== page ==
Monday, October 12, 2015

The Improbable Rescue

This first chapter exercise from the Novakovich book is supposed to be longer than what I've written, but it's also supposed to be based on the earliest childhood dream I could remember. I can't remember very much of it. Also, I'm supposed to write it as if it isn't a dream. I suppose I should have kept that from you, but it's pretty hard to pass off a six-year-old's imagination for anything resembling real life, even the "real life" of fantasy or science fiction. Oh, I don't have an older brother. I just made one up to embellish the story a bit. EDIT: One last thing, I was this young in the early 1960s.

His massive frame was a black silhouette against the gray dust swirling in the dim light as he effortlessly carried the little boy across his left shoulder. He could have been the model for the ancient golem or even the Fantastic Four's Thing or the Incredible Hulk. His basic shape was blocky, as if he had been assembled from bricks or stones, a rock for a forearm, another for his hand, thinner rocks for each finger, a small boulder for his featureless head.

He was as silent as a stone, impervious to the struggles and screaming of the child in his invincible grip.

In spite of his apparent weight, his footfalls were deathly silent. There was no vibration as he took each ponderous step. No dust exploded from under his soles as they collided with the ground.

They were in a city, monster and boy, but one without life and light. In spite of his panic, the boy could barely make out the shadows of tall buildings all around. It was like a post-apocalyptic scene from one of his older brother's science fiction or horror comic books. It was like a burned out city, ravaged in an atomic war where there were no winners...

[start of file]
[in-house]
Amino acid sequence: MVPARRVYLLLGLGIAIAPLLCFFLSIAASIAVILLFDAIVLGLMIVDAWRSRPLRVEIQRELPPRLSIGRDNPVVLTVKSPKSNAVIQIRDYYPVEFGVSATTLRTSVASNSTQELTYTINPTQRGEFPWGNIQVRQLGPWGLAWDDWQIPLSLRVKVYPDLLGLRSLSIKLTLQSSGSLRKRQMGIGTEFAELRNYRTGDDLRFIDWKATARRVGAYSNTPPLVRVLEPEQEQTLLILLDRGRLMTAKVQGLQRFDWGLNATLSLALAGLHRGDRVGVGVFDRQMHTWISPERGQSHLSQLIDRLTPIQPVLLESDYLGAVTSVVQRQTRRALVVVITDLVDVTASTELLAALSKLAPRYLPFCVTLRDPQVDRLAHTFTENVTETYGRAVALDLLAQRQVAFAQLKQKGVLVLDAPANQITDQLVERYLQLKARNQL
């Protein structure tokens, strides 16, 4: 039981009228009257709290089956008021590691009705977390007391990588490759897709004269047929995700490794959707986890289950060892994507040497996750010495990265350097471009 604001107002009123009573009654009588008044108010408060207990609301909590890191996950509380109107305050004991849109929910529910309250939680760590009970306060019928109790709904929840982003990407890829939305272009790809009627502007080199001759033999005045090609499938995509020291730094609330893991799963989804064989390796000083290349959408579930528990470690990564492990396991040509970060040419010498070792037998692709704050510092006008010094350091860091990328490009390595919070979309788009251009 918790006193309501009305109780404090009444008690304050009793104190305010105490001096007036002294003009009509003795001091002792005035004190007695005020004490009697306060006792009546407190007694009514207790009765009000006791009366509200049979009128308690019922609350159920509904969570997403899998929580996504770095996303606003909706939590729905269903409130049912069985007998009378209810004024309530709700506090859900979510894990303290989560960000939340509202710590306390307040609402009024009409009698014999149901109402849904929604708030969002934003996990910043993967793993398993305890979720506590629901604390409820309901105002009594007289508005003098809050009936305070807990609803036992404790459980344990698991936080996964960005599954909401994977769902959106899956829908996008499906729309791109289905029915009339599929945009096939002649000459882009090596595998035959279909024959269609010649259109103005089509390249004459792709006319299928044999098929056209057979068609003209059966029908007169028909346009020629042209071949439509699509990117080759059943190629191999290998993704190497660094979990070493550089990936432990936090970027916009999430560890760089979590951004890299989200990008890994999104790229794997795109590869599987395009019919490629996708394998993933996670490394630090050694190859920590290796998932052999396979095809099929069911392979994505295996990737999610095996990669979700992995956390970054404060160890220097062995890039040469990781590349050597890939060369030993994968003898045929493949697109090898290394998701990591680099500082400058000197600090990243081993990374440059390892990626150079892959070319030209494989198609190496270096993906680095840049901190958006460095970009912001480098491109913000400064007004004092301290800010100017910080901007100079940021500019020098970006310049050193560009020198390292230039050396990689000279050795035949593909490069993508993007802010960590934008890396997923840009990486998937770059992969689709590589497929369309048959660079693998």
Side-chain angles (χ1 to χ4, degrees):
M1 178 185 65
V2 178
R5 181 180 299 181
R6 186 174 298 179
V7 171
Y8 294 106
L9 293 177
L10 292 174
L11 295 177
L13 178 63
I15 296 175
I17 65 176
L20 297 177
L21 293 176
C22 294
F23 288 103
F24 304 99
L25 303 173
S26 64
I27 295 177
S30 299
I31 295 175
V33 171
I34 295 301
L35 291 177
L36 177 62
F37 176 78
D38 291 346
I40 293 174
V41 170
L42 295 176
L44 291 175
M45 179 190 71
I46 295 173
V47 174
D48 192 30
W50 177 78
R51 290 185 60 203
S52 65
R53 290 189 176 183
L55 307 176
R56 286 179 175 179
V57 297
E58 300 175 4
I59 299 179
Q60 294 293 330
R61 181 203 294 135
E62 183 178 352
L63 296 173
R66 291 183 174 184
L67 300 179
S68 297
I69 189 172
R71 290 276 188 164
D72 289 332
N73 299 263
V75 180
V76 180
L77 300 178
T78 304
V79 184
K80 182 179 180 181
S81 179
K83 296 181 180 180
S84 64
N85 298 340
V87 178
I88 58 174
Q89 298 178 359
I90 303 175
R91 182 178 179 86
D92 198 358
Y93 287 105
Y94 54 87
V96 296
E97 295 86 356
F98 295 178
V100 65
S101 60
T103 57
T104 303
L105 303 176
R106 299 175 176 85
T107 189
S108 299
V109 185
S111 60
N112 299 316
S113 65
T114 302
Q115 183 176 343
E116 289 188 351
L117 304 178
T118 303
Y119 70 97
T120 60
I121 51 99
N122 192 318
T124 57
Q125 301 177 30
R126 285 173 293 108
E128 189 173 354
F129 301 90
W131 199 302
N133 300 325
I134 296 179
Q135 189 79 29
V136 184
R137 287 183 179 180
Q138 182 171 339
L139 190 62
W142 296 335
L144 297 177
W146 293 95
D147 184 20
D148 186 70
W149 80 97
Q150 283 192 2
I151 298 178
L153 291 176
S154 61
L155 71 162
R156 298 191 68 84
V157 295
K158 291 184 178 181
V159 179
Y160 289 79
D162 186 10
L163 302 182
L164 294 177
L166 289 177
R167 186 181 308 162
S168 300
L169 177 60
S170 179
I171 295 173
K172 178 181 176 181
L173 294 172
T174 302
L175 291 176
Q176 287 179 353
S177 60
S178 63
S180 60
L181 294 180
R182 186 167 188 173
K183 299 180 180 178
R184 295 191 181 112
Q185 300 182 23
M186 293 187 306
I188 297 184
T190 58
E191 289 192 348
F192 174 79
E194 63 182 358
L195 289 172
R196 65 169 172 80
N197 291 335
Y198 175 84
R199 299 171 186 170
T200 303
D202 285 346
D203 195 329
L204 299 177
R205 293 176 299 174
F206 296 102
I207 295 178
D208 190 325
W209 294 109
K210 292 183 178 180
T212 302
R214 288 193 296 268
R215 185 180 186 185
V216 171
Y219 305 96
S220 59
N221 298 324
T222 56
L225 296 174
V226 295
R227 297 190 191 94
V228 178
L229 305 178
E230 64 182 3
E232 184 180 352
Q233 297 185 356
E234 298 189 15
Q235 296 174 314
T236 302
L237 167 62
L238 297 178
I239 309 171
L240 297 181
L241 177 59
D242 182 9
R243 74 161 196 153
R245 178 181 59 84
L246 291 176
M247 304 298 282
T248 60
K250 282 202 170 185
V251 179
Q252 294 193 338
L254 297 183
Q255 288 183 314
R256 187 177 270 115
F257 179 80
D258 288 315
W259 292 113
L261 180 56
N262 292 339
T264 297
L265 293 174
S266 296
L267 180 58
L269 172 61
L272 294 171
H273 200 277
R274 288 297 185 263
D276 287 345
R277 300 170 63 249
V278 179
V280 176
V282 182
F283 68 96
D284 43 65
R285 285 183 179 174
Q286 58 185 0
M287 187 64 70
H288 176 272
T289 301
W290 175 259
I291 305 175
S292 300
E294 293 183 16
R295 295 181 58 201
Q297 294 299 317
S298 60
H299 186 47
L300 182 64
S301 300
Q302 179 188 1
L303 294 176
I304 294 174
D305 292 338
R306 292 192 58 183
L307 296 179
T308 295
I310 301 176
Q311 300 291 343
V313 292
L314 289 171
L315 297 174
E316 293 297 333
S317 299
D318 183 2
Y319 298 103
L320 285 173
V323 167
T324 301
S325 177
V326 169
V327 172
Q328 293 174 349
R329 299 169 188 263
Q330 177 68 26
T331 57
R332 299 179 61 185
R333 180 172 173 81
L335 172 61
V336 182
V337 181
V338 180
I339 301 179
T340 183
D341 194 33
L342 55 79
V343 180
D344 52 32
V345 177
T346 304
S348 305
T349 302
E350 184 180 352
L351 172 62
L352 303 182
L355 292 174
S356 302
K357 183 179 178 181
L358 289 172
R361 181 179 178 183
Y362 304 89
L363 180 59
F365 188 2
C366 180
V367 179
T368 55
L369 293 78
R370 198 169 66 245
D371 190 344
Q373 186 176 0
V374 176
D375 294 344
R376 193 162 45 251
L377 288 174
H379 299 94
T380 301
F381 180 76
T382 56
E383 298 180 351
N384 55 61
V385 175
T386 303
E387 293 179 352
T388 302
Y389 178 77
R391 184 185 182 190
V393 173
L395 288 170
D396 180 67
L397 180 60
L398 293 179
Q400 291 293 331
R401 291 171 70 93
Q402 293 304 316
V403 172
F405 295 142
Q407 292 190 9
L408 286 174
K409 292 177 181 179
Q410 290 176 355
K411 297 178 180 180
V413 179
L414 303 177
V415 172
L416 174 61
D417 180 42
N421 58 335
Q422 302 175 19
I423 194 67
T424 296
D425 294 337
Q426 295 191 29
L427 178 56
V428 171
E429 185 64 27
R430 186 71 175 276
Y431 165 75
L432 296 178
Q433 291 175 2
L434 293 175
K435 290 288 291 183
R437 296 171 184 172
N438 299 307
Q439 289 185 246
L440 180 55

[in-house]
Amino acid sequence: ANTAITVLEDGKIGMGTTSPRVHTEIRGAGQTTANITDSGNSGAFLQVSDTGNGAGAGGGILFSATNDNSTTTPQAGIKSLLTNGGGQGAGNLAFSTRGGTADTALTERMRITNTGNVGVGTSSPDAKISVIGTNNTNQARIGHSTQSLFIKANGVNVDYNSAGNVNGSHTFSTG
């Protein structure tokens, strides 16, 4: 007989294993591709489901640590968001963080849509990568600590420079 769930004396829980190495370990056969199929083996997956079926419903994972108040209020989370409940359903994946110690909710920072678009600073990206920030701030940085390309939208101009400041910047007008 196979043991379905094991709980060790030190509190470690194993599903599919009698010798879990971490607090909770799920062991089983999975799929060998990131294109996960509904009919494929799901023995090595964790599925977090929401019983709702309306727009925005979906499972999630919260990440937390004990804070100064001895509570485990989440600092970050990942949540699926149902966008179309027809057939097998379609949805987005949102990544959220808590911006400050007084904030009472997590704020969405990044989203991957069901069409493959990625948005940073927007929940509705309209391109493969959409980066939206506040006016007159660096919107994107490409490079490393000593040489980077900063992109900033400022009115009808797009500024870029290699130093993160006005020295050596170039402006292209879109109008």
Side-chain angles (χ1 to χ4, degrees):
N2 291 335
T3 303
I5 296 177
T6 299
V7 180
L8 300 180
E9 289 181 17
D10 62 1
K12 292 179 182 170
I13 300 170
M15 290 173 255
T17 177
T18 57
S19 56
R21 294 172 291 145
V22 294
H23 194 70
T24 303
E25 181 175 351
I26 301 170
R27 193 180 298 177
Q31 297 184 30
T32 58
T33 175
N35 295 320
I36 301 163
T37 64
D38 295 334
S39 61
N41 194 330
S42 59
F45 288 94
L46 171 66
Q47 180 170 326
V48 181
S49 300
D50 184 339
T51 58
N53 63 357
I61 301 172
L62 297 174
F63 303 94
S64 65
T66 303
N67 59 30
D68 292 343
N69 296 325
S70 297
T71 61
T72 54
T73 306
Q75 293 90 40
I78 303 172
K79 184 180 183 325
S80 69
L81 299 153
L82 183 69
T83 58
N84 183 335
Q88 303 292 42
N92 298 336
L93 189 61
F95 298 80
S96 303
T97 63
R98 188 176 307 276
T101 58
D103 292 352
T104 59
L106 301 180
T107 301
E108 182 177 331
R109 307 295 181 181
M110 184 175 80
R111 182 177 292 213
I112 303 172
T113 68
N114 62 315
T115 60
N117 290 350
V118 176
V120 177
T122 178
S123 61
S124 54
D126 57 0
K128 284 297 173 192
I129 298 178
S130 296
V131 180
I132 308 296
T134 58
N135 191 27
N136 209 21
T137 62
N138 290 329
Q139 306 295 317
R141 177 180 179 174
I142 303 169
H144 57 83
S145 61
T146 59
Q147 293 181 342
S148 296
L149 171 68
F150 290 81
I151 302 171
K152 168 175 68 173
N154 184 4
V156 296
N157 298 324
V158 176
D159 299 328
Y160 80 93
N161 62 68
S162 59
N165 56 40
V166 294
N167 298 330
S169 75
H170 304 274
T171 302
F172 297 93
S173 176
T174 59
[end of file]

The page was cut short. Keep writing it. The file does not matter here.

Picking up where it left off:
...except the monster that had somehow stole into the boy's bedroom late at night and spirited the child away to this other world.

What is the answer to the proverbial question, "If a tree falls in the forest and there's no one there to hear, does it make a sound?"

If a little boy is crying and screaming for help and straining against unyielding stone sinews with all his tiny might, and his captor, the only thing living or at least moving under it's own power is the only one present, can the terrified child be heard?

No sound from the monolith on two legs tramping down the streets of a city of ash. The child didn't hear anything the stone monster did and he could barely hear even himself.

Then a rush of wind like a cyclone from above, and a brilliant bright streak of red and yellow light appeared in the sky. Abruptly, the little boy could now hear who he had been calling to for help all along. He remembered that at the end of one of his favorite cartoons, the main character had said if anyone watching needed him, just call for help and he'd come.

So the boy called, he called with all his might. And his hero came.

"Here I come to save the day!"

Six-year-old Jimmy Winters didn't need to see or hear anything else to know he was about to be rescued by Mighty Mouse. In a few minutes, the silent animated sculpture would be a pile of rubble and Jimmy would be back in his own bedroom at home safe and sound. He couldn't wait for his parents to wake up in the morning so he could tell them all about it. Now his older brother Billy would have to admit that Mighty Mouse was a lot more cool than those other dumb heroes in the comics.

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